Pennsylvania Republicans sue to overturn new district map

Pennsylvania Republicans sue to overturn new district map
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A group of Pennsylvania Republican congressmen are joining a lawsuit that challenges the new congressional district maps drawn by the state Supreme Court earlier this week. 

Reps. Ryan CostelloRyan Anthony CostellloHead of Pennsylvania GOP resigns over alleged explicit texts Lobbying world Overnight Energy: Park Service closing Joshua Tree after shutdown damage | Dems deliver trash from parks to White House | Dems offer bills to block offshore drilling | Oil lobby worries about Trump trade fight MORE, Mike KellyGeorge (Mike) Joseph KellyHouse votes to repeal ObamaCare's 'Cadillac tax' GOP lawmaker: 'I'm a person of color. I'm white.' Trump signs bipartisan IRS reform bill MORE, Tom MarinoThomas (Tom) Anthony MarinoThe Hill's Morning Report - Pelosi remains firm despite new impeachment push Republican wins special House election in Pennsylvania Trump calls man dressed as border wall on stage at rally MORE, Scott PerryScott Gordon PerryThe Hill's Morning Report — DOJ's planned executions stir new debate Conservatives call on Pelosi to cancel August recess Conservatives ask Barr to lay out Trump's rationale for census question MORE, Keith RothfusKeith James RothfusThe 31 Trump districts that will determine the next House majority Trump's most memorable insults and nicknames of 2018 Pennsylvania New Members 2019 MORE, Lloyd SmuckerLloyd Kenneth SmuckerRising number of GOP lawmakers criticize Trump remarks about minority Dems Lawmakers divided over how to end shutdowns for good How to keep government running when lawmakers fail to do their job MORE and Glenn ThompsonGlenn (G.T.) W. ThompsonDreamers-for-wall trade going nowhere in House Hillicon Valley: Zuckerberg denies selling 'anyone's data' | UK Parliament releases more Facebook docs | Canada reportedly arrests Huawei CFO | Fallout from Marriott hack | Cuba rolls out internet service for mobile users Bipartisan bill would create grant program promoting cybersecurity education MORE have all joined the federal lawsuit, which claims that state lawmakers were not given "adequate" time to enact their own district lines after the court struck the old lines down last month.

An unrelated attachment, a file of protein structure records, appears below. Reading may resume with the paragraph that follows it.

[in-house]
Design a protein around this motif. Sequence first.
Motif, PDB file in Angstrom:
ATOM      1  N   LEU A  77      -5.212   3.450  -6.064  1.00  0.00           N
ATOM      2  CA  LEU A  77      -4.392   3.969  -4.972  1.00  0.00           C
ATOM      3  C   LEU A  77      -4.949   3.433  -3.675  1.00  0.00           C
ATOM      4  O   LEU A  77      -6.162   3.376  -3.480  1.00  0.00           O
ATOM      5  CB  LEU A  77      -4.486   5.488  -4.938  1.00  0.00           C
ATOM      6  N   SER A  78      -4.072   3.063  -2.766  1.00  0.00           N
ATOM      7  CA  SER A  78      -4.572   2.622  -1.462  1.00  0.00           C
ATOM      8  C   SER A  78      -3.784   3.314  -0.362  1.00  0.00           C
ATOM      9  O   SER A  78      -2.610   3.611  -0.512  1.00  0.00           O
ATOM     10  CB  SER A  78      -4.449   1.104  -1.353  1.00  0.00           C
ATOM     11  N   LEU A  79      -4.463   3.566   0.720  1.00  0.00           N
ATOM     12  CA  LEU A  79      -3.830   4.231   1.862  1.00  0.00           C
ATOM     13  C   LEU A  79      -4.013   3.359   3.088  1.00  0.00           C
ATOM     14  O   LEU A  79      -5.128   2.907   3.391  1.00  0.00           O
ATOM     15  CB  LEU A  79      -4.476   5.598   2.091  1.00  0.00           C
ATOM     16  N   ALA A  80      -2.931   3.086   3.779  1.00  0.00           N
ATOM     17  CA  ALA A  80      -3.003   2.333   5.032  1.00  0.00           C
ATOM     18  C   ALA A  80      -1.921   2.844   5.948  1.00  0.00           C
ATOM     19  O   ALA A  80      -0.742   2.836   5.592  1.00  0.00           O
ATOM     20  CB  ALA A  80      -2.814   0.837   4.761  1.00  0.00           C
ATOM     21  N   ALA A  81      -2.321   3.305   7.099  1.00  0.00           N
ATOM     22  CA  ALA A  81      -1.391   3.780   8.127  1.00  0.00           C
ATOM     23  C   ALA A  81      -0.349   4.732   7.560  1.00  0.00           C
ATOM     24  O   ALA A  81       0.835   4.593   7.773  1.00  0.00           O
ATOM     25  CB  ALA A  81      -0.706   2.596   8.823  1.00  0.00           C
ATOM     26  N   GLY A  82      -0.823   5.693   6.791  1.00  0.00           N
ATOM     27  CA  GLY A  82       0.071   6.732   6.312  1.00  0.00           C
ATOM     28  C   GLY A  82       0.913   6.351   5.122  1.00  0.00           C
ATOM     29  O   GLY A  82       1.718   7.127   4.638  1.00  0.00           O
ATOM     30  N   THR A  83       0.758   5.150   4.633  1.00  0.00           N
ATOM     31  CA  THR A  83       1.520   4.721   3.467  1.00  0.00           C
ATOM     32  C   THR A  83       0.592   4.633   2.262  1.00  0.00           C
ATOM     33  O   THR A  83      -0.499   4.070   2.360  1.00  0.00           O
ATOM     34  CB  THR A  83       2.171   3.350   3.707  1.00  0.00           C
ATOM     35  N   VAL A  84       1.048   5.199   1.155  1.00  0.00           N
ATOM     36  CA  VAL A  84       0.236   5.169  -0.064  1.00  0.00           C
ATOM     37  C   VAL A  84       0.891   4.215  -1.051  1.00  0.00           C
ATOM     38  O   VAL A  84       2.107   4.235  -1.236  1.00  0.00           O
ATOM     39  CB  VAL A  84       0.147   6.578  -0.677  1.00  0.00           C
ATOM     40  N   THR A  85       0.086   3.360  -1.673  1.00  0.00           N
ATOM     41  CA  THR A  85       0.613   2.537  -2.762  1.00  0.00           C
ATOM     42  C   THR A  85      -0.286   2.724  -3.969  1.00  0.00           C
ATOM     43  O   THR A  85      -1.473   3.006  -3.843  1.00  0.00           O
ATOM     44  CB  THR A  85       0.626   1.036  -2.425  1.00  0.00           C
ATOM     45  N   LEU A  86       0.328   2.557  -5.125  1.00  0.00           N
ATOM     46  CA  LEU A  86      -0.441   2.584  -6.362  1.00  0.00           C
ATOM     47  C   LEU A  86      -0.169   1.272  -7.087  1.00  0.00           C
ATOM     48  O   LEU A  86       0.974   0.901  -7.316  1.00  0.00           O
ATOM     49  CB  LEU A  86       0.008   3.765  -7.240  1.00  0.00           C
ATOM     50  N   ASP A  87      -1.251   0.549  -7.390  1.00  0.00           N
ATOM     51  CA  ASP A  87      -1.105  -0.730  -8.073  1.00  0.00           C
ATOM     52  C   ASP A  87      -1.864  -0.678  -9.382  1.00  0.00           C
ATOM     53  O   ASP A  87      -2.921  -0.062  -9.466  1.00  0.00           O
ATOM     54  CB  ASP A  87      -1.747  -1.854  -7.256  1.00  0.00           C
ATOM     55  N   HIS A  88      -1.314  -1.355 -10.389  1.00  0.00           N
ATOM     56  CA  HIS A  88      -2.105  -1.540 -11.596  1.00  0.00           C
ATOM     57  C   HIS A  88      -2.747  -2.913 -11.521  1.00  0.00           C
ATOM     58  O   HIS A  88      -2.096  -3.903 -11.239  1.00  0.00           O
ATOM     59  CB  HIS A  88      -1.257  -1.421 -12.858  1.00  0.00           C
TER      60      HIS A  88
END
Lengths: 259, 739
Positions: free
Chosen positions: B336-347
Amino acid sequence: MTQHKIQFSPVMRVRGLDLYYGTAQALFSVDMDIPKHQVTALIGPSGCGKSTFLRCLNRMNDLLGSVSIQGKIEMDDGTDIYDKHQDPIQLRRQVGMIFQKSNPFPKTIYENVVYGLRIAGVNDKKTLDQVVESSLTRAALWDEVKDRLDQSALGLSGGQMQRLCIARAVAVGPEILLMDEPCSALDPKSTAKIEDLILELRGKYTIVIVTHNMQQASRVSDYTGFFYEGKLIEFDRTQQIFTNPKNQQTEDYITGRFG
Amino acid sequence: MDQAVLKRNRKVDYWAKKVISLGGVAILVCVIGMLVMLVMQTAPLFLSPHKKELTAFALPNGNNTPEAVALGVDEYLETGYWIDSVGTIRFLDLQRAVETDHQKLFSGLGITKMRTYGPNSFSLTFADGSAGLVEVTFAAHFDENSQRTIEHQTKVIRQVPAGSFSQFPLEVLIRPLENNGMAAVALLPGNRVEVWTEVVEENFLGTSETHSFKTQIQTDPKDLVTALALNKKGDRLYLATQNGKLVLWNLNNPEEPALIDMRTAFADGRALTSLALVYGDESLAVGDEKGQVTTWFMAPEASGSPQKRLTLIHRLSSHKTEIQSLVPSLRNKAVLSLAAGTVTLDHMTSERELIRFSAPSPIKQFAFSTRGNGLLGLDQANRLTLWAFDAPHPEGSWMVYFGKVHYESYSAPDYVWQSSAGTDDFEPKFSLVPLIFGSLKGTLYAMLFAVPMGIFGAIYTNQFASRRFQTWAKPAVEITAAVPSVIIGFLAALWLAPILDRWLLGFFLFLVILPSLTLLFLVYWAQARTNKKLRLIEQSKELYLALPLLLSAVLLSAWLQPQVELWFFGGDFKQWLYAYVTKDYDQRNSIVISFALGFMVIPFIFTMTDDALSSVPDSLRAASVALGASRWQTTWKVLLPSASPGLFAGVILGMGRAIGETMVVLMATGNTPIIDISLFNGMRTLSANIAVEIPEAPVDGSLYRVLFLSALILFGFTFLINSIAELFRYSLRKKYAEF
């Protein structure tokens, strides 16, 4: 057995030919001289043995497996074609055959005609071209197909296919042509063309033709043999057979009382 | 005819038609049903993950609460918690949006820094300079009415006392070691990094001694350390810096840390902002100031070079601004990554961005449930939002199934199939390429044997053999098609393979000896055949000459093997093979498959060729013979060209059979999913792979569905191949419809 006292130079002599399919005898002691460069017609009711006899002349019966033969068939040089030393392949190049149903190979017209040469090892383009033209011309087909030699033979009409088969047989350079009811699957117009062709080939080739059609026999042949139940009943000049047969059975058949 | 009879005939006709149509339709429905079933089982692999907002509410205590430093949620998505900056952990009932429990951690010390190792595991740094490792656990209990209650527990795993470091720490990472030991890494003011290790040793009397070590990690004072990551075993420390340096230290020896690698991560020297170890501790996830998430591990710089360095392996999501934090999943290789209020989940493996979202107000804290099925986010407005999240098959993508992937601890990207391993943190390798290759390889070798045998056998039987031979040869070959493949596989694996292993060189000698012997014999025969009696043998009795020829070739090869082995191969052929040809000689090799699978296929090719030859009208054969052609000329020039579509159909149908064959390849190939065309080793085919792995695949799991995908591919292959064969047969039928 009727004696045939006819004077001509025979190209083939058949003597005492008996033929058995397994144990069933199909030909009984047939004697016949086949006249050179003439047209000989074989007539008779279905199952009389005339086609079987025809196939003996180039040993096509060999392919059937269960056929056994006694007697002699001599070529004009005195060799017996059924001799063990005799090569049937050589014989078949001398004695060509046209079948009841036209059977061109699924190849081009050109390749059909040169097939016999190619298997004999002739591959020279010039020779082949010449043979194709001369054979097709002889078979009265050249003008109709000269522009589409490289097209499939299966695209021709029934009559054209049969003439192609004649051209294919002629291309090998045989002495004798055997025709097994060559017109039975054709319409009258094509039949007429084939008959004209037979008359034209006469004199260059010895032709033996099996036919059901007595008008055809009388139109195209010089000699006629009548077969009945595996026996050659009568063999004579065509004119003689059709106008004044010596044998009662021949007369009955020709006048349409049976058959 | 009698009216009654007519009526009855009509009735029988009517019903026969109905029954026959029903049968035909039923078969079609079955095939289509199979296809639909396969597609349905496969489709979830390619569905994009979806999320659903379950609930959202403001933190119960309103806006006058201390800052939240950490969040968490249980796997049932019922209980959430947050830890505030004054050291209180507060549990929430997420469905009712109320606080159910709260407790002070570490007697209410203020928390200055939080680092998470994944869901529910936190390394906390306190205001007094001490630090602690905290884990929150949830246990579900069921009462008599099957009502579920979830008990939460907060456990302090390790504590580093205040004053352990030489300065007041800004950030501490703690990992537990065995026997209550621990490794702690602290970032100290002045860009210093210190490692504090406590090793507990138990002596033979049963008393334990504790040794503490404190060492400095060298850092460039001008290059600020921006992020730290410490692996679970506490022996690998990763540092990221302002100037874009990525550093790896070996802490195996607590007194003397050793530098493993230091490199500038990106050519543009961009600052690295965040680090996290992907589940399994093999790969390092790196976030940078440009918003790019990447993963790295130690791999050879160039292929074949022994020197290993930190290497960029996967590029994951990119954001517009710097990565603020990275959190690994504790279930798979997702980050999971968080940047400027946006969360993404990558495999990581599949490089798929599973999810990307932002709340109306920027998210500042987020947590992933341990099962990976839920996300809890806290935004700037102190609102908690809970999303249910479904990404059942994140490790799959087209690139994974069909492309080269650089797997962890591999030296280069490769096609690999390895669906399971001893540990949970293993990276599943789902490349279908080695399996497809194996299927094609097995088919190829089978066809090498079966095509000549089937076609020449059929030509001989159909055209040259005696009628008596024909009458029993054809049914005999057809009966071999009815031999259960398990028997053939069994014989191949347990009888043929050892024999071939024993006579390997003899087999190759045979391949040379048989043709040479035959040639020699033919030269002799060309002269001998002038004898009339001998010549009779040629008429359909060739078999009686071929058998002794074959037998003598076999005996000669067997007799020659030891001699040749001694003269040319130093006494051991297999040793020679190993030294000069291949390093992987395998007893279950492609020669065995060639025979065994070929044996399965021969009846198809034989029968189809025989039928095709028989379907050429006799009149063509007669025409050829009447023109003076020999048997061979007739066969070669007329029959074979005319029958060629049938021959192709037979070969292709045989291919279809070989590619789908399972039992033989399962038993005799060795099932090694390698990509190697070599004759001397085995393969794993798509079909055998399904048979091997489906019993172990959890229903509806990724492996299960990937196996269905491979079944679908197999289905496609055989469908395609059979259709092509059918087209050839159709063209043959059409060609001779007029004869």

The court struck down the current congressional map in January, claiming it represented an unconstitutional gerrymander. Democrats have long bristled at the fact that the party holds just five seats out of the 18 in the state delegation despite the party's strength in statewide elections, and have argued that the GOP-controlled legislature unfairly drew the lines to limit the Democratic Party's power. 
As part of that decision, the court gave state lawmakers less than three weeks to come to an agreement with the governor on the new maps.
Republican leaders in the legislature sent Democratic Gov. Tom Wolf their map at that deadline, but he declined to sign it, arguing it did not go far enough to address the concerns laid out by the court. 
In the case, the plaintiffs argue that the compressed timeline showed that "the court was plainly intent on usurping the General Assembly's delegated authority" to draw congressional district lines. 
The new map is a political boon for Democrats, since it dramatically redraws the district lines and gives the party a better shot in six congressional seats. Costello, specifically, stands to lose out with the new lines — his district will become significantly more Democratic assuming the new lines go into effect. 
Citing nonpartisan election analysts in the suit, the plaintiffs argue that "far from being free of politics, it appears that every choice made in the Court Drawn Plan was to pack Republicans into as few districts as possible, while advantaging Democrats."
It's the second legal challenge by lawmakers to the district map — state Republican leaders filed an emergency stay with the U.S. Supreme Court on Wednesday to ask for relief.